Meridian is another great example of modern English apple development from the famous East Malling Research Station. It was developed during the 1970s and released in 2000. It has all the characteristics which we like about modern apples: clean-looking and tasting, easy-going, consistent quality, and gives you an instant hit of juice and flavour.
Meridian is a cross between another modern variety, Falstaff, and Cox's Orange Pippin. Students of apple geneology will note that Falstaff is itself related to Cox so you might expect this to be a very complex and aromatic apple. However Falstaff is in some respects more like its other parent, James Grieve, and Meridian seems to have also inherited these characteristics - notably its juiciness. The juice bursts out of every pore when you bite into it. The flavour is well-balanced but not especially complex.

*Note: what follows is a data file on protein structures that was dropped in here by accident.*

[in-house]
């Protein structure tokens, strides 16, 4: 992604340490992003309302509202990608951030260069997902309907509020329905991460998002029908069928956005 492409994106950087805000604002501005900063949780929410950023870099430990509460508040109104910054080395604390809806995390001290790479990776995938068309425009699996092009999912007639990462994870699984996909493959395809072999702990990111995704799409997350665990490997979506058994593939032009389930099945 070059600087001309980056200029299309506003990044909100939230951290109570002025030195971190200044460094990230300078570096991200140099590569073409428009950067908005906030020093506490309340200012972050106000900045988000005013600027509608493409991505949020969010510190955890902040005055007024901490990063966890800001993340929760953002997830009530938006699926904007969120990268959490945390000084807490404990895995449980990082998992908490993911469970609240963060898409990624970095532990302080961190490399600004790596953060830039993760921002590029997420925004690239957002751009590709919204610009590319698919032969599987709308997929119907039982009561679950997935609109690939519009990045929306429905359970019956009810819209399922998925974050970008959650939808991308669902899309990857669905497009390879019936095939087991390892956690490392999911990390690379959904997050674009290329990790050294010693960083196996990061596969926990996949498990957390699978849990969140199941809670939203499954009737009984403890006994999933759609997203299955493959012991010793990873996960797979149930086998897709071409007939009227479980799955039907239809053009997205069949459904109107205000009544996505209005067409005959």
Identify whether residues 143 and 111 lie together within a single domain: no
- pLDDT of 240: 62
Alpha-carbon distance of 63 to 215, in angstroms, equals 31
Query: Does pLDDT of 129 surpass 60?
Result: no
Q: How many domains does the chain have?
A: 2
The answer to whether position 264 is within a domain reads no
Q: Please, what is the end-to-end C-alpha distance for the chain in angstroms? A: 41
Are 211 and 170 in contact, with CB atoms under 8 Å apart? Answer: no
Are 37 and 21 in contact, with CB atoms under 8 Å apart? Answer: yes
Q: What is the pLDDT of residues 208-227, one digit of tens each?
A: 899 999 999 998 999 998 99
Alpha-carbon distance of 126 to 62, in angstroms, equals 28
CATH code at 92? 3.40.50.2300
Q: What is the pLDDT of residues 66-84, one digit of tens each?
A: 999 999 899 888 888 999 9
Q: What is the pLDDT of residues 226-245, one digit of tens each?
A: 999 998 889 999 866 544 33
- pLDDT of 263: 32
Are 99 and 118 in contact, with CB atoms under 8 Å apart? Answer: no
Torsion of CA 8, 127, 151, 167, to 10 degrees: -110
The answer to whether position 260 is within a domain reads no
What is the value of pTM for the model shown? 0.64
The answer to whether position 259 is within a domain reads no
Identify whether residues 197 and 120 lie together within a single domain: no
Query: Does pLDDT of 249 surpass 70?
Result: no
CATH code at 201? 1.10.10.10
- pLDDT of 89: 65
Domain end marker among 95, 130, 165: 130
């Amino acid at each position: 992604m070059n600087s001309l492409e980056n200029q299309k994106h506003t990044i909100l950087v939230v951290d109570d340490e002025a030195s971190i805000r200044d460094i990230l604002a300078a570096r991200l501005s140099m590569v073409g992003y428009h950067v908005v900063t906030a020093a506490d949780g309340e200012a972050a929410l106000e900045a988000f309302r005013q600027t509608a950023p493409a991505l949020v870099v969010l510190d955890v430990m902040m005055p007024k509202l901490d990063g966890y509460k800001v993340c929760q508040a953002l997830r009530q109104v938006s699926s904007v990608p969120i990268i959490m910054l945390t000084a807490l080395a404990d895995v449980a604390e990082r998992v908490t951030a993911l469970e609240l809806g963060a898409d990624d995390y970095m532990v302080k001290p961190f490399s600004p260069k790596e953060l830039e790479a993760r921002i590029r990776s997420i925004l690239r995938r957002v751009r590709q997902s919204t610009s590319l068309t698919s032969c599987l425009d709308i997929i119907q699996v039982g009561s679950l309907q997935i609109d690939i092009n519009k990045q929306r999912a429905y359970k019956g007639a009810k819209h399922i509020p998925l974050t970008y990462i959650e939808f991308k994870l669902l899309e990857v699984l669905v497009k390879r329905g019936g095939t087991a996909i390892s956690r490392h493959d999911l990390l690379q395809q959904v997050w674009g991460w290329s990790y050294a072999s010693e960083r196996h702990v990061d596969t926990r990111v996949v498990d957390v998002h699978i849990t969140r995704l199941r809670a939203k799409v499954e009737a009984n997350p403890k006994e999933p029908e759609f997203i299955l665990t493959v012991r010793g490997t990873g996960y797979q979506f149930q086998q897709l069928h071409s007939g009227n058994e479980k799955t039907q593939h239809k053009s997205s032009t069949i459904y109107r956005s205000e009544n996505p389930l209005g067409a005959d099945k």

We have been told that the Cox-like characteristics are more apparent if the apple is left on the tree longer. It seems that Meridian is a particularly difficult variety in which to guage ripeness, and at one time was going to be marketed as an early Cox-style variety. We think it is fair to say that Meridian is reminscent of Cox's Orange Pippin but we don't think it has the same depth of flavour. The flavour is more delicate, rather like a tarte aux citron, there is a hint of lemon or melon. This delicacy is no bad thing, and Meridian is one of the best modern UK-developed apple varieties.